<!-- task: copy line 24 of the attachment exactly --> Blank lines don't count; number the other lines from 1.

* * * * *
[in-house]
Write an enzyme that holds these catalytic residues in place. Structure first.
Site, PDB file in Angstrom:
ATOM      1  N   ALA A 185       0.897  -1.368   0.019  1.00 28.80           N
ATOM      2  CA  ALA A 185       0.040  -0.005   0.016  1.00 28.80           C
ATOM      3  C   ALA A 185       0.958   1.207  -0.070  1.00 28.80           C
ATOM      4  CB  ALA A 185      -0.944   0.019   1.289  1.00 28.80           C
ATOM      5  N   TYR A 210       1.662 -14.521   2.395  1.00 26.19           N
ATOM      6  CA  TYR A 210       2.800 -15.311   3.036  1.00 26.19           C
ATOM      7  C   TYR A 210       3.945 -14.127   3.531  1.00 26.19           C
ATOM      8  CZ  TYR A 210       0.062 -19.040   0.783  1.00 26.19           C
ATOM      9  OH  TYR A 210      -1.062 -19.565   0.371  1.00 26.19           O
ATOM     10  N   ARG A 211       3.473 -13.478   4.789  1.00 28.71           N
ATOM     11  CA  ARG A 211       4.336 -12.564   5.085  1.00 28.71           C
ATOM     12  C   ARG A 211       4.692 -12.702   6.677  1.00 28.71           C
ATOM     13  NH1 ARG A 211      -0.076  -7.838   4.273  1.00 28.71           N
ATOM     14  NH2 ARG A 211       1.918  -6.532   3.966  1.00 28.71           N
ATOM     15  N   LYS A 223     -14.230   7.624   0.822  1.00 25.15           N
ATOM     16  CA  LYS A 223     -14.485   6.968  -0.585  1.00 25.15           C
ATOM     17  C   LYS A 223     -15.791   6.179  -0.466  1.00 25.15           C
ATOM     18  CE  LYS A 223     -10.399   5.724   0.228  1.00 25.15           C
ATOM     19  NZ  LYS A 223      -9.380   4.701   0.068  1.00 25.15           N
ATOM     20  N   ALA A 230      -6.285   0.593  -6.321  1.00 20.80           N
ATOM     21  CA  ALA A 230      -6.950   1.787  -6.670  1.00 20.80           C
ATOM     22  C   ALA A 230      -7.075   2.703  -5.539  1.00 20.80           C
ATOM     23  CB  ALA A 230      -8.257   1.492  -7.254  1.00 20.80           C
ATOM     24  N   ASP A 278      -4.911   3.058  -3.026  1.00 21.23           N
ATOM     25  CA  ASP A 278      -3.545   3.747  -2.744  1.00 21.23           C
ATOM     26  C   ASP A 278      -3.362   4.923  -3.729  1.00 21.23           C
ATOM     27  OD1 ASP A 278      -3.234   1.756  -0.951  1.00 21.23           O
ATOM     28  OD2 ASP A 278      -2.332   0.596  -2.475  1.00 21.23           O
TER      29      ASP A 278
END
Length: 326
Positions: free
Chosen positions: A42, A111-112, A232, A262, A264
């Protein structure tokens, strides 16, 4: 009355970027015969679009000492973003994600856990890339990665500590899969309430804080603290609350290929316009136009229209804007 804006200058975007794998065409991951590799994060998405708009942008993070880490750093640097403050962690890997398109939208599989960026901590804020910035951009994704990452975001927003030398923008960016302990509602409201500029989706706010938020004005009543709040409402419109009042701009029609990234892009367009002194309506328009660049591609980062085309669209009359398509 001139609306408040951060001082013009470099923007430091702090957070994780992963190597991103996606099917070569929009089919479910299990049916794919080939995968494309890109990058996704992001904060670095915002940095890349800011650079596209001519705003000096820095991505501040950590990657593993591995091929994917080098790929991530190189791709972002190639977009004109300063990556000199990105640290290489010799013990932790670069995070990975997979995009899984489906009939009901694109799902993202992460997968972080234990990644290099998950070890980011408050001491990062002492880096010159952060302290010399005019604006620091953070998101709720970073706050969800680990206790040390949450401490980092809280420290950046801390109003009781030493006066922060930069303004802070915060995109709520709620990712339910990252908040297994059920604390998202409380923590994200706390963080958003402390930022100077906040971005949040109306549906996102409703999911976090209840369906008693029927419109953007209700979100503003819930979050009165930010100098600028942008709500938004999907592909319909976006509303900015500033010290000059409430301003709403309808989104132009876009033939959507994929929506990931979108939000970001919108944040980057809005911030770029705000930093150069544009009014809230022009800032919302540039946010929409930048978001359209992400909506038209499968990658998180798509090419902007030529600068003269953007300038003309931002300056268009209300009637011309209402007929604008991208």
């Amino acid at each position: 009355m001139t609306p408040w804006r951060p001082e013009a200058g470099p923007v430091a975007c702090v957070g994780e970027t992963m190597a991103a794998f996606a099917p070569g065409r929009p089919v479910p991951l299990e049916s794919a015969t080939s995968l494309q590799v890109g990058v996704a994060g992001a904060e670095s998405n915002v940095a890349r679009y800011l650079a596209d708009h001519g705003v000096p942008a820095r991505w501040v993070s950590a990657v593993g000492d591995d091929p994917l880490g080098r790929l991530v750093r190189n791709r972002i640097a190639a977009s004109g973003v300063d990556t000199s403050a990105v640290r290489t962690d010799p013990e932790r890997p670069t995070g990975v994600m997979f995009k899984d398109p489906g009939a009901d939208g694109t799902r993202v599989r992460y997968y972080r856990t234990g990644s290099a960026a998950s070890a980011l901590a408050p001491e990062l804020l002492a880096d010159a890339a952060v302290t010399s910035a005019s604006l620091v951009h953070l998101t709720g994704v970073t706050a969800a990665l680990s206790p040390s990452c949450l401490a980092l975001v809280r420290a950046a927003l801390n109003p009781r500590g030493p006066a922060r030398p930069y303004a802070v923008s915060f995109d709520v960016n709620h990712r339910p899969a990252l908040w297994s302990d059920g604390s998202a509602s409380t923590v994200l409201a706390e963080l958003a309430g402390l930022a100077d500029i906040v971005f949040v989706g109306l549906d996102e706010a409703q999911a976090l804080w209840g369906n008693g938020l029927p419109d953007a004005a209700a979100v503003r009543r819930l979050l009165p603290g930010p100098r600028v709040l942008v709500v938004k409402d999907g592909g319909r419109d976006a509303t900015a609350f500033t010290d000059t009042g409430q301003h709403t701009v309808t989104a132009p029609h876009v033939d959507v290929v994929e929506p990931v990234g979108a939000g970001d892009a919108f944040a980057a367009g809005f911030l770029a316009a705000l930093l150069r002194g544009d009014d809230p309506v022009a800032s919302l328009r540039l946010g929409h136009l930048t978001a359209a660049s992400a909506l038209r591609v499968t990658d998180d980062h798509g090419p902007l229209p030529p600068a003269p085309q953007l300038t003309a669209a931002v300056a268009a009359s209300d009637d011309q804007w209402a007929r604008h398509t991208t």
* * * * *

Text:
ATOM     21  CA  ALA A 230      -6.950   1.787  -6.670  1.00 20.80           C